System upgrades and technology insertion projects are coming in to keep military systems on top

THE AVIATION & DEFENSE BLOG – I can’t remember when I’ve seen so many projects to upgrade US military systems in such a short time as I did in June. The Pentagon awarded at least 12 contracts – probably more – in June, showing how much the United States Department of Defense (DOD) relies on systems upgrades and technology insertion to keep the armed forces at the top.

Avionics computers and networks, cockpit displays, electro-optical sensors, smart munitions, missiles, submarine combat systems, software and digital signal processing are among the highlights of June upgrade projects worth more than $700 million.

The orders for upgrades and technology insertion started rolling in around early June when the US Air Force Lockheed Martin Corp. asked to upgrade the multifunction displays in C-5M Super Galaxy giant four-engine cargo planes in a $34.7 million order.

Next up was a $23.4 million order for Lockheed Martin to upgrade for technical additions and support for the AN/BVY-1 Integrated Submarine Imaging System (ISIS). This was followed by the announcement of an avionics upgrade on a Cessna Citation CJ2+ by Collins Aerospace.

Related: Top Technology Challenges This Decade For The War Fighter

It was then announced that Intellisense Systems Inc. in Torrance, California, will provide replacement multifunction controls and displays for the United States Air Force’s C-5M cargo aircraft. Around mid-June, Lockheed Martin received a $33 million order from the United States military to refurbish the M270 Multiple Launch Rocket System (MLRS) field artillery systems.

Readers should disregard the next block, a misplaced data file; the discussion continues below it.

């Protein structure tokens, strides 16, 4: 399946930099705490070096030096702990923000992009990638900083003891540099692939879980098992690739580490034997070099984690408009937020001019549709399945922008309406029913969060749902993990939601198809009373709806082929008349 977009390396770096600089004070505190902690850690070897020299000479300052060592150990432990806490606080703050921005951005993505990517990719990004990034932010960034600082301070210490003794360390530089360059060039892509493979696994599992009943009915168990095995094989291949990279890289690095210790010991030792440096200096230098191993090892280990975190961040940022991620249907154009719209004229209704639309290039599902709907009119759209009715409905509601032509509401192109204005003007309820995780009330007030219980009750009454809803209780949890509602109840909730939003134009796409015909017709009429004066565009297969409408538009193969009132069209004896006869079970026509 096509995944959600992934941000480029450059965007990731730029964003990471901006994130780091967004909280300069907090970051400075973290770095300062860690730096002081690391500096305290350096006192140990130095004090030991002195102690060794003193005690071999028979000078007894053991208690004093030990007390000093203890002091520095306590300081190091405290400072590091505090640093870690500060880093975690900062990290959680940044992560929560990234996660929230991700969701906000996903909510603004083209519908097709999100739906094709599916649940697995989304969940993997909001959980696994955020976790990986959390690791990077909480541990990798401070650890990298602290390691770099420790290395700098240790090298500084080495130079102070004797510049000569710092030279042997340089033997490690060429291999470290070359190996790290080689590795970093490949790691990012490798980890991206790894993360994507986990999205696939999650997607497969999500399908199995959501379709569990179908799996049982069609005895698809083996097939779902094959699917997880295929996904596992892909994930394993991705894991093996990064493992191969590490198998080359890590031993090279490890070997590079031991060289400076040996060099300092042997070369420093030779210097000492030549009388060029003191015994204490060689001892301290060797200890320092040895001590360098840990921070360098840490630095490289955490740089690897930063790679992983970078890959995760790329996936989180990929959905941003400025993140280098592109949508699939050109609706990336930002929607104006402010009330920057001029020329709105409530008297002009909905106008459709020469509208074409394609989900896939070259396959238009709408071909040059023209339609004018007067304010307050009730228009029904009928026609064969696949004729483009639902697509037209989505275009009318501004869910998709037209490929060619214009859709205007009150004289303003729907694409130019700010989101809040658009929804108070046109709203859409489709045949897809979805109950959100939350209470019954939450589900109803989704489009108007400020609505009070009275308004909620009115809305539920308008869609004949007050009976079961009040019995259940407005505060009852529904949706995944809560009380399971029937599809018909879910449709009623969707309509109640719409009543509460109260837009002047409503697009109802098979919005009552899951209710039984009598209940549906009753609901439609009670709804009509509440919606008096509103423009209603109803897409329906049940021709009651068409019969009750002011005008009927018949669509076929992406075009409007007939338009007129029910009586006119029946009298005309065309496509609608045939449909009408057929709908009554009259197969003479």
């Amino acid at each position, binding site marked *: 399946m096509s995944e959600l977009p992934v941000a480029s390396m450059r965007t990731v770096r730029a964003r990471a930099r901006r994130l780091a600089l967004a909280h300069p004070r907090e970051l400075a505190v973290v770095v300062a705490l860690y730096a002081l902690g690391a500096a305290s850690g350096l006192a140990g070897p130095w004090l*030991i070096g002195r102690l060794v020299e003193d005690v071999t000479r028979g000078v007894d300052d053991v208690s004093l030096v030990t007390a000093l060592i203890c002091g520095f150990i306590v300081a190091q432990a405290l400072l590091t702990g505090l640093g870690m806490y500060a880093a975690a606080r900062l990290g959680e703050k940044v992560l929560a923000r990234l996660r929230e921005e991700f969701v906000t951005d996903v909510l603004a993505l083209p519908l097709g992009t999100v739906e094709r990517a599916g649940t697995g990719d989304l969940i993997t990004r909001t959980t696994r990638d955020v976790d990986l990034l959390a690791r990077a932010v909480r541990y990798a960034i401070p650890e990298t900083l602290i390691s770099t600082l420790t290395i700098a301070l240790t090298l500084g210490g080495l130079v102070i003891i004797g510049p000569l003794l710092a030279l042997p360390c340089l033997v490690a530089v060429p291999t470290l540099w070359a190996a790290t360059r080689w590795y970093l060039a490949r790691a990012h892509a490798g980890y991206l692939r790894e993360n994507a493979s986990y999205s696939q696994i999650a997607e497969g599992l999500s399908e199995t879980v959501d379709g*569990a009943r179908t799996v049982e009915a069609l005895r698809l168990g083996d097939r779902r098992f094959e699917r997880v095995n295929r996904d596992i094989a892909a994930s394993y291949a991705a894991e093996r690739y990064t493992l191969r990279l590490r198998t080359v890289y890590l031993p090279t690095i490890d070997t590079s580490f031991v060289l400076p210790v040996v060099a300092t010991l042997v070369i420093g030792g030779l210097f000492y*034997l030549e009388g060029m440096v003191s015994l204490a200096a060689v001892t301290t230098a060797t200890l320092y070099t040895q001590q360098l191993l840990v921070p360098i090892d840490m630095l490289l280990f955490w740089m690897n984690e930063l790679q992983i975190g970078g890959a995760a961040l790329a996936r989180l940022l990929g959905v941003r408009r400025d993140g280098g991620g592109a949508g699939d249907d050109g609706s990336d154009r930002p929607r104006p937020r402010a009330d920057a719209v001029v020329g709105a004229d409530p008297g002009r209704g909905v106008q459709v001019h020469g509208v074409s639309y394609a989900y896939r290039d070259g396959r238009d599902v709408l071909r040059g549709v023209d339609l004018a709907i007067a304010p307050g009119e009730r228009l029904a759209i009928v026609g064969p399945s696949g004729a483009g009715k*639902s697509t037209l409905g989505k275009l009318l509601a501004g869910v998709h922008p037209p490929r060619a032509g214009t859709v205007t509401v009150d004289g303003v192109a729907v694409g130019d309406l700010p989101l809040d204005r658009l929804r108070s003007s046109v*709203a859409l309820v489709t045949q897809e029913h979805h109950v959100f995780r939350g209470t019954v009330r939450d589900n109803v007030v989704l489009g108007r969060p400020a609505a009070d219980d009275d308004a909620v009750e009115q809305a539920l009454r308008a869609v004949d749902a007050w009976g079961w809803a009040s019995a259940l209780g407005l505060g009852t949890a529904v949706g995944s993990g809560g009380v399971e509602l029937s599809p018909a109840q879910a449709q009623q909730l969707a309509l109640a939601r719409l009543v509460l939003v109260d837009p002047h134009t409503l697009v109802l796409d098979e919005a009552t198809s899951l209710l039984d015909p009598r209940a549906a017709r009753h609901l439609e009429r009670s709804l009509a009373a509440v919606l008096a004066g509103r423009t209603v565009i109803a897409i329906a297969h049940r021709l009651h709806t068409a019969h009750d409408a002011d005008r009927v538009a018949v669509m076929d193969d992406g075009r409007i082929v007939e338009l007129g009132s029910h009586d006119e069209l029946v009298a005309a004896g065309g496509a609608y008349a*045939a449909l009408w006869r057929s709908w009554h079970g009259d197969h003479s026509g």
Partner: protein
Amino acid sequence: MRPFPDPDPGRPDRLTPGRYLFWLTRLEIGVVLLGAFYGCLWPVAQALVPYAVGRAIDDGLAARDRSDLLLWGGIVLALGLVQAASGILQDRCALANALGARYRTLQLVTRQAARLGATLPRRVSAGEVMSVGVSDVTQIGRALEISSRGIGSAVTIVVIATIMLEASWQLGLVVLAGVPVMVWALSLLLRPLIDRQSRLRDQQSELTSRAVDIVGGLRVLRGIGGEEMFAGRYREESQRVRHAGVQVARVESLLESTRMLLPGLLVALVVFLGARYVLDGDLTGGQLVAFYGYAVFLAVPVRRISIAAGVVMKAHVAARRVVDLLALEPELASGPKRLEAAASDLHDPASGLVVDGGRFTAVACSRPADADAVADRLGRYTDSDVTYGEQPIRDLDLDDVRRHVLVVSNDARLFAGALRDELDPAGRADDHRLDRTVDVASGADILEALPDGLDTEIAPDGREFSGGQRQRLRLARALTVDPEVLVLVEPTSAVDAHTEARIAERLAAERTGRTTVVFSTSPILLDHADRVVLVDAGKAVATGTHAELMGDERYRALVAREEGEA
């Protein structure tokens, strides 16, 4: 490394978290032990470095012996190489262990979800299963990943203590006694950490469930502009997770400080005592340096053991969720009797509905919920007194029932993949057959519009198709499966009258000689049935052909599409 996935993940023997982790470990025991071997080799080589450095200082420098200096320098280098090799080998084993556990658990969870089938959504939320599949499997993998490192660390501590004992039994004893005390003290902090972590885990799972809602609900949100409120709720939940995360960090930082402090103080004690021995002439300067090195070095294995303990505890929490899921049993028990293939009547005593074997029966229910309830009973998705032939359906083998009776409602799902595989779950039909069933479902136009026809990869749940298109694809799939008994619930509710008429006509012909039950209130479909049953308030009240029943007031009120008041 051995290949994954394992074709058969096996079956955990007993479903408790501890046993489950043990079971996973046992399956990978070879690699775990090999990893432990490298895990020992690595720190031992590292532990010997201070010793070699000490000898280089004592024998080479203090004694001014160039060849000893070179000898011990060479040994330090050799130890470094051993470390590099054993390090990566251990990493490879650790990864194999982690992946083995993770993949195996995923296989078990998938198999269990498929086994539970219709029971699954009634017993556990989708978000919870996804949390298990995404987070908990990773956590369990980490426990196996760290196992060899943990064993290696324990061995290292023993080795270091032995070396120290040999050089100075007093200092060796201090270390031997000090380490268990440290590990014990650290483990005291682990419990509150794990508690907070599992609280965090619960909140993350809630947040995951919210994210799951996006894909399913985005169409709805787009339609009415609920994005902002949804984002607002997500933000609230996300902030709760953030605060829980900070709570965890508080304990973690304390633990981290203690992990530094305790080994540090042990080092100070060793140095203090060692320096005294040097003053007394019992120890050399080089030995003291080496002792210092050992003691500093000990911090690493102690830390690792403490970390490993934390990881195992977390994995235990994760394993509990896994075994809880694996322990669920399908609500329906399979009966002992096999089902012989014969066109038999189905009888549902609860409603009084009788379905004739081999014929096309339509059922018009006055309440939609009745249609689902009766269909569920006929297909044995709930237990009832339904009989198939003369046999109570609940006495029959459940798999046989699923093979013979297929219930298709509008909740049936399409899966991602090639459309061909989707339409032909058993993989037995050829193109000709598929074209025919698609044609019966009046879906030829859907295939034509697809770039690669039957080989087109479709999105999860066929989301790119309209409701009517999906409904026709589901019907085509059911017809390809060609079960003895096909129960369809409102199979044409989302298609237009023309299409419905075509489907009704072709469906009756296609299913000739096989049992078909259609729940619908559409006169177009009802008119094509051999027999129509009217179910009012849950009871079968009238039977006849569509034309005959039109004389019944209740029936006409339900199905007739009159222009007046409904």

The upgrade projects to keep systems up and running head Start kept coming. The Navy has placed a $39.7 million order with Boeing Co. given for additional Distributed Targeting Processor-Networked (DTP-N) for US and Australian F/A-18E/F and EA-18G attack aircraft.

The Navy also asked Boeing to refurbish 25 recertified Harpoon anti-ship missiles in a $16.9 million order, and then the Navy asked General Dynamics Corp. to maintain and upgrade the AN/BYG-1 submarine combat system in a $15.9 million order.

In the second half of June, Lockheed Martin received a $450 million contract from the Air Force for the Joint Air-to-Surface Standoff Missile (JASSM), followed by a $22.1 million military order to Lockheed Martin to complete the Target Acquisition Designation. Sight/Pilot Night Vision Upgradeable Sensor (M-TADS/PNVS) system, also known as Arrowhead containing the Modernized Day Sensor Assembly (M-DSA) kits and spare parts for Army AH-64 Apache attack helicopters.

Related: SOSA Standard Entering Military Embedded Computing

At the end of the month, Raytheon Technologies Corp. a $29.4 million Navy contract for the upgrade of AGM-154C Block III Joint Standoff Weapon (JSOW) hard-target-penetrating and data-linked medium-precision guided smart munitions for the governments of Taiwan, Bahrain, and Canada.

The last I saw – and I certainly missed a few – was a $43.8 million Navy order to Boeing to supply processors for the Distributed Targeting Processor-Network (DTP-N) system on Super Hornet and Growler planes.

With one or two exceptions, these are not large orders; in fact, they are quite routine, except for the sheer volume of these contracts and orders for system upgrades and technology insertion.

Related: How the military is taking technology out of the commercial industry

These transactions are a reminder that the Pentagon does not have unlimited access to money, and military leaders must do their best with the money they have to keep advanced weapons systems functioning and be able to do the best that American adversaries can fight.

Fortunately, in recent years, the military has become adept at making the most of commercially developed technologies, adapting them for aerospace and defense applications, and getting improved and replacement technologies into the field as quickly as possible.

Realistically, the best and only way for military leaders to keep a high-tech defense force in place where and when it’s needed is upgrades and technology infusion projects, not major new buyback programs.

Leave a Comment

Your email address will not be published. Required fields are marked *